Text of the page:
The group behind this legislation is the Delaware Family Policy Council. Their website, they proudly called SB293 their first piece of legislation. In case you had any doubt on how the DFPC would use this legislation, consider that their website placed parents on "high alert" about a number of books. When you clicked on the book list, a list of 101 books appeared and included "To Kill A Mockingbird", "Catcher In the Rye", the entire "Goosebumps" series as well as all the "Harry Potter" books, "A Wrinkle In Time", "Of Mice and Men", "Captain Underpants", and most appropriately, "Fahrenheit 451", Ray Bradbury's classic story about a time in the future when books are banned and burned. My examples were a quick sampling that caught my eye, but suffice it to say that most of the books in school that challenged your perception of the world, gave you a glimpse into other cultures, or just gave you chuckle are probably on that list.

I will spare you anymore drama. The Delaware State Education Association, the Delaware Association of School Administrators, the American Civil Liberties Union, Delaware Planned Parenthood, and the Delaware Department of Education all testified against the bill in the Senate Education Committee yesterday.

Thankfully, it does not appear that the bill will make it out of committee. However, this group is not going away, and they will be back next year with similar legislation.

Monday, June 21, 2010

Rabbit Out of the Hat

Late Friday night (June 18th) the Joint Finance Committee completed budget mark up. The JFC did good work throughout the long day and night. The State of Delaware continues to stagger under the weight of the recession along with the rest of the country. Fortunately, revenue numbers for Personal Income Tax were a little better than expected this year, and Delaware's unique revenue source "Abandoned Property" (sometimes called 'escheat') was up a lot. Although, a rumored windfall for the June revenue forecast did not happen.

The Joint Finance Committee made good work of the money that was available. A few weeks ago they restored last year's salary cut and bailed out the deficit in the State Employee Health Plan. They funded step increases for eligible educators. Also the JFC funded the stipends for educators receiving NBC and Cluster, but continued the moratorium on new entries into those programs. Additionally, the JFC saved the School Resource Officer program that was on the chopping block. They also restored over-time pay to hours paid versus hours worked, an important issue for some shift workers in the state.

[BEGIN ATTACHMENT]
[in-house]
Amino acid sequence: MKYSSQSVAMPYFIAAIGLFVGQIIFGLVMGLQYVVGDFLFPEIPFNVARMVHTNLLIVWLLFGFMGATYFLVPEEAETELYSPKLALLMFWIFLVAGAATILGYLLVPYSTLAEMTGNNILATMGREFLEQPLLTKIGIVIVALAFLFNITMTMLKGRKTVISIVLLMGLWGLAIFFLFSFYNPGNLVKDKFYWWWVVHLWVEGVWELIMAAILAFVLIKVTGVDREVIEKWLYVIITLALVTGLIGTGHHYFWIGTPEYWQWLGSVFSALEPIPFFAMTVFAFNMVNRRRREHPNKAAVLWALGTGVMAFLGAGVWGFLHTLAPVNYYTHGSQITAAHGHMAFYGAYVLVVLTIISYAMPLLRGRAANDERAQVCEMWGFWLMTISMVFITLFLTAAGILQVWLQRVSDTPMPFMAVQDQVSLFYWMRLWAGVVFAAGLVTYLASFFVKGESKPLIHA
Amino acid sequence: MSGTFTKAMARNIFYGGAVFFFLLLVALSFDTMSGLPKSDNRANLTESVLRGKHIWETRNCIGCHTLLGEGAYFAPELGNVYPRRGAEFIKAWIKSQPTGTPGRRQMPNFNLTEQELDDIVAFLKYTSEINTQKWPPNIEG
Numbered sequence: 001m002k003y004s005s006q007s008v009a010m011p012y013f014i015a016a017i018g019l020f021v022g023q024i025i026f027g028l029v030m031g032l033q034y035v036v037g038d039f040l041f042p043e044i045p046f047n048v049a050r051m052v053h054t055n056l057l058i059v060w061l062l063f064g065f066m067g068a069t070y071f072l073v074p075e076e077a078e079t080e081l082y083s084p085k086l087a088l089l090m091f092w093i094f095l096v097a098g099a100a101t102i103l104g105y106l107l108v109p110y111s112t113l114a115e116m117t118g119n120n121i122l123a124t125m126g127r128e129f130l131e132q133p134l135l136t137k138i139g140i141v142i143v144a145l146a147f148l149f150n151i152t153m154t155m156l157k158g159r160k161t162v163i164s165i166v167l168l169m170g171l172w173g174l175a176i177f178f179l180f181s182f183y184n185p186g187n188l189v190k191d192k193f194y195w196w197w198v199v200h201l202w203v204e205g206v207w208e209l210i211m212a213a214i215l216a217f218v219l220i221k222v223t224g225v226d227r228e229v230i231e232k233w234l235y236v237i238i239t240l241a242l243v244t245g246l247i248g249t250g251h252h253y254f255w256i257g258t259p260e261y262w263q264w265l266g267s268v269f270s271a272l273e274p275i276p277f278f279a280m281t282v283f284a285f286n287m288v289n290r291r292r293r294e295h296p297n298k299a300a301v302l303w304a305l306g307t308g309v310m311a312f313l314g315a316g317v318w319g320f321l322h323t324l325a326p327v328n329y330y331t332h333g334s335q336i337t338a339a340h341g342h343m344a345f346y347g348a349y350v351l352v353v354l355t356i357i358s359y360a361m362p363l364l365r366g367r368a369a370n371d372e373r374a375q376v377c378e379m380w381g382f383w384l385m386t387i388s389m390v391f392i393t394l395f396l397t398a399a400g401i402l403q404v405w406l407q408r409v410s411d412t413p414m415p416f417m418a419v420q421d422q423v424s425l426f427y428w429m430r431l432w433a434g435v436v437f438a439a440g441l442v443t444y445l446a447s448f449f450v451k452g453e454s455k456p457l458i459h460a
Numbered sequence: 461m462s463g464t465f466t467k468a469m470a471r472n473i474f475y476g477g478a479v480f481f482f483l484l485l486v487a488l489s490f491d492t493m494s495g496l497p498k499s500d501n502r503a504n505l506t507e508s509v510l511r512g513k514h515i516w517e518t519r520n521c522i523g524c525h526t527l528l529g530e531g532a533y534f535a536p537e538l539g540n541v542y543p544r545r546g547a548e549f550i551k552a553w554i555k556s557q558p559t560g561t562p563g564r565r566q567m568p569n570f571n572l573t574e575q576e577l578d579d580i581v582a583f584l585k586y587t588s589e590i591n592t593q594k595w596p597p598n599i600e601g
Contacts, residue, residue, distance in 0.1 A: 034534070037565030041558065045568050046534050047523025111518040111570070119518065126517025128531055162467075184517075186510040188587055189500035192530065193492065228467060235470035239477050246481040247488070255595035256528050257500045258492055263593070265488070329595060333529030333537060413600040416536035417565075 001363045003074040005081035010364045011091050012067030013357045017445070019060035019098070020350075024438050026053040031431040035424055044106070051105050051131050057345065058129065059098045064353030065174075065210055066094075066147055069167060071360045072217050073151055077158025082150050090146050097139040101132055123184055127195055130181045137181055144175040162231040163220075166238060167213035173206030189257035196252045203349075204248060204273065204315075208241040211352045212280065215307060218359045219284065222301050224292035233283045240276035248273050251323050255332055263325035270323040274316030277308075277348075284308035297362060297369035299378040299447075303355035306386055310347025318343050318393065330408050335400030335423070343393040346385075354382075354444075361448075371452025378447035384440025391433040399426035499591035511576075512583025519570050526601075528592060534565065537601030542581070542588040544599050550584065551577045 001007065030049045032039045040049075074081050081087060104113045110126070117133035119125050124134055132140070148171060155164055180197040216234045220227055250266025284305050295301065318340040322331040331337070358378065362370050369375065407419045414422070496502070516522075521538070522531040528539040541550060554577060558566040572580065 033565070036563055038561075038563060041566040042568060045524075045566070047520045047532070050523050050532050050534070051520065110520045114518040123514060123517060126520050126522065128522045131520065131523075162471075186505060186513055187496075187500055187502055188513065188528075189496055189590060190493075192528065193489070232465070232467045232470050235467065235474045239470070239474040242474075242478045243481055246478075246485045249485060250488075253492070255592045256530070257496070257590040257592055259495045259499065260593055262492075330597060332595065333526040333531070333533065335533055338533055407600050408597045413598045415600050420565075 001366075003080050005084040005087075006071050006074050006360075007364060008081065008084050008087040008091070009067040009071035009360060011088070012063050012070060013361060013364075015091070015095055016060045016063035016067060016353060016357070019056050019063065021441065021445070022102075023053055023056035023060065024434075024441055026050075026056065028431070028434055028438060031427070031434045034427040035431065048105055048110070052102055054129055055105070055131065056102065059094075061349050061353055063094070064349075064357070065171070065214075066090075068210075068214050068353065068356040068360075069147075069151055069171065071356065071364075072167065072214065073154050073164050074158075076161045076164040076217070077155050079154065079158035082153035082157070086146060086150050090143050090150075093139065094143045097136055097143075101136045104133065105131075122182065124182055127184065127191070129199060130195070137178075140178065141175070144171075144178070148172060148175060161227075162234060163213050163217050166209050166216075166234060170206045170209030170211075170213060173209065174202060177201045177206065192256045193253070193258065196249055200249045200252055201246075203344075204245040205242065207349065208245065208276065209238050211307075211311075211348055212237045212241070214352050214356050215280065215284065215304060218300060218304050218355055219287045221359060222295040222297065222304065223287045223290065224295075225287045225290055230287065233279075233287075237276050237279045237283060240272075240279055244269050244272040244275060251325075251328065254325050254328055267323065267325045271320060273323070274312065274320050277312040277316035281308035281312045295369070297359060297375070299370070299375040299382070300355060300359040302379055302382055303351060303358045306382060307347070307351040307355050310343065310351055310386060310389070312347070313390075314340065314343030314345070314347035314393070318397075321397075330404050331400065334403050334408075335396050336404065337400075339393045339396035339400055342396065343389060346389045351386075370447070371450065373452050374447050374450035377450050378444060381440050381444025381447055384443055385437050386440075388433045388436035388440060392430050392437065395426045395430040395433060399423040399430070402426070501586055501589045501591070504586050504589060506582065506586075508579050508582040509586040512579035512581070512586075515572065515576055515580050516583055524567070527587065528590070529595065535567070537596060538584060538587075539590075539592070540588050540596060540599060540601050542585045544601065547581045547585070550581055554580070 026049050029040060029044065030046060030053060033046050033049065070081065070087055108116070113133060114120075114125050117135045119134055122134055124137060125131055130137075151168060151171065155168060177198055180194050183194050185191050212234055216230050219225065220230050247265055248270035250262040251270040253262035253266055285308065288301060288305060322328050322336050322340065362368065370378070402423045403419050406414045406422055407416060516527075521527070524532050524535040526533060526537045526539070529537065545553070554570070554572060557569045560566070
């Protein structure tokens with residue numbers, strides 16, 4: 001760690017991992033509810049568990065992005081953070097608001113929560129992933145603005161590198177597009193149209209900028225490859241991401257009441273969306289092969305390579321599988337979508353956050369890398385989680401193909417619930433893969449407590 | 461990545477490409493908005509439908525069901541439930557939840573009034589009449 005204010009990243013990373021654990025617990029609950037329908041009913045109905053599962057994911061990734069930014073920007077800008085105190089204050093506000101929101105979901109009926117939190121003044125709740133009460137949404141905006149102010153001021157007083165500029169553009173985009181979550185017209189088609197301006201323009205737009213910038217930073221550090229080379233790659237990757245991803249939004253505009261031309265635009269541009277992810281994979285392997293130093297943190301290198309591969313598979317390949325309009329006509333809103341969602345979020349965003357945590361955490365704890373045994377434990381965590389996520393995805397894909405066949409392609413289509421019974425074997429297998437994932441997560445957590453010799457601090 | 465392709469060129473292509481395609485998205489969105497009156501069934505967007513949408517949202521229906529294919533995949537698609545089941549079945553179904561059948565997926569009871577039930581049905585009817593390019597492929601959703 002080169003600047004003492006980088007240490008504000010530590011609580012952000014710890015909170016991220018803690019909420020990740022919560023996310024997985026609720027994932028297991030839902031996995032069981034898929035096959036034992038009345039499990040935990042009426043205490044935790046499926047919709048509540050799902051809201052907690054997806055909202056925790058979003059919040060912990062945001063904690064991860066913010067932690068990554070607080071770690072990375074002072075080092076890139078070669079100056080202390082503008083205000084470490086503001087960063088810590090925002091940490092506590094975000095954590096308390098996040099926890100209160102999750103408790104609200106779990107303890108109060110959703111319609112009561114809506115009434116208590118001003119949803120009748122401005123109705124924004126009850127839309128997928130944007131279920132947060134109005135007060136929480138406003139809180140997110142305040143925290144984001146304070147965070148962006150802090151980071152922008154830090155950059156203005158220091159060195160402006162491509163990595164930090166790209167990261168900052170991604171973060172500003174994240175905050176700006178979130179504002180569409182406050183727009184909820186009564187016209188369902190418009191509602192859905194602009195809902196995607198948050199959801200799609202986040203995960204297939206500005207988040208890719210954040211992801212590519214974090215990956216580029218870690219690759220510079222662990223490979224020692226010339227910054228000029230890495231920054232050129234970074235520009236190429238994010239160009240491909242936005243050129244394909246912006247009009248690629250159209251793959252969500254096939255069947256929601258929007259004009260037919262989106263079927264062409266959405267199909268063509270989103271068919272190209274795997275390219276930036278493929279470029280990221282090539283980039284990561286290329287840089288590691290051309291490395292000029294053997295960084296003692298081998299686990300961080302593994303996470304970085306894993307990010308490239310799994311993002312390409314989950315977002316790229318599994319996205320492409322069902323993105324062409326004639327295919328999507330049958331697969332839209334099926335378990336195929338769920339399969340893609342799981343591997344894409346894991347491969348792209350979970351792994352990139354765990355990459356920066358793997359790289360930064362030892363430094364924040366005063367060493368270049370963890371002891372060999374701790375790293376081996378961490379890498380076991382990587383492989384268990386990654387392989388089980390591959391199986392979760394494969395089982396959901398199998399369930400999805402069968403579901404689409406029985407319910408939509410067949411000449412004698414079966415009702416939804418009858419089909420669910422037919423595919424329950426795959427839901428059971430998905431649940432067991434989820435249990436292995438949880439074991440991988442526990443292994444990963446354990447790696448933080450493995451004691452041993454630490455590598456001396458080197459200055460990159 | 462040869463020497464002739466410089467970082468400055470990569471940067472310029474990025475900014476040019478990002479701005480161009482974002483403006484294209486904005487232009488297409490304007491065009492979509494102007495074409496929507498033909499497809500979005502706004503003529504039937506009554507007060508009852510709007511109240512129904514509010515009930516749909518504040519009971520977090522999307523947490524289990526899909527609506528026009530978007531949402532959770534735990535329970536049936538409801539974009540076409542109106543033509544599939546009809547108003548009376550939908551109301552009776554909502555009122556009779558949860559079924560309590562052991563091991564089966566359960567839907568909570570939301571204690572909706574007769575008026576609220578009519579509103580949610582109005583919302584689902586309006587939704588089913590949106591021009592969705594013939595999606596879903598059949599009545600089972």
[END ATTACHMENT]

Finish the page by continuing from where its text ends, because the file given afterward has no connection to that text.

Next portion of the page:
Of Friday, the JFC began the day by funding the state's share of full-day kindergarten for the Christina School District. Next, the JFC chose to restore almost all of the public school transportation funding. The Governor's budget had a recommended cut of $24 million to transportation, but the JFC brought back about $21 million of it. The restoration of this money should give some relief to local school district budgets and reduce the number of laid off educators around the state.

As the day turned into afternoon and then into evening, a great deal of difficult decision making was taking place around education and social service spending programs. The programs had to be placed as budget pass-through or Grant-in-Aid with much less money to be split among them. Late in the evening it was decided that most of the programs would receive another 10% cut to funding.

The JFC took a short break as we approached 11:00 PM on Friday night. When they reconvened, they were ready to address the issue of Short Term Disability. The DSEA and her coalition partners had lobbied the JFC hard all year on this issue. Short Term Disability insurance pays seriously ill employees 75% of salary during their time off. The STD has a waiting period before it begins paying. The original STD before last year's budget cuts had a 20 day elimination period. Employees have to use accumulated sick days until the STD picks up a portion of their pay. Last year this was changed to 60 days, making the program virtually useless especially to education employees who accumulate sick days slowly and who had to settle the elimination requirement within their contract year.

The Joint Finance Committee reduced the 60 day elimination period to 30 days as the final act of budget mark up. The JFC should be commended on their willingness to make this expenditure happen in spite of virtually no flexible money remaining in the budget. The JFC took the funding for in-school health clinics and placed them under the Tobacco Fund. This maneuver released $2.6 million that was used to fund the partial restoration of Short Term Disability.

This rabbit out of the hat trick will save many educator and state employee families from additional hardship during the wage earner's disability. Our thanks to the JFC magicians who thought this one up.

Tuesday, June 15, 2010

A Return to Reason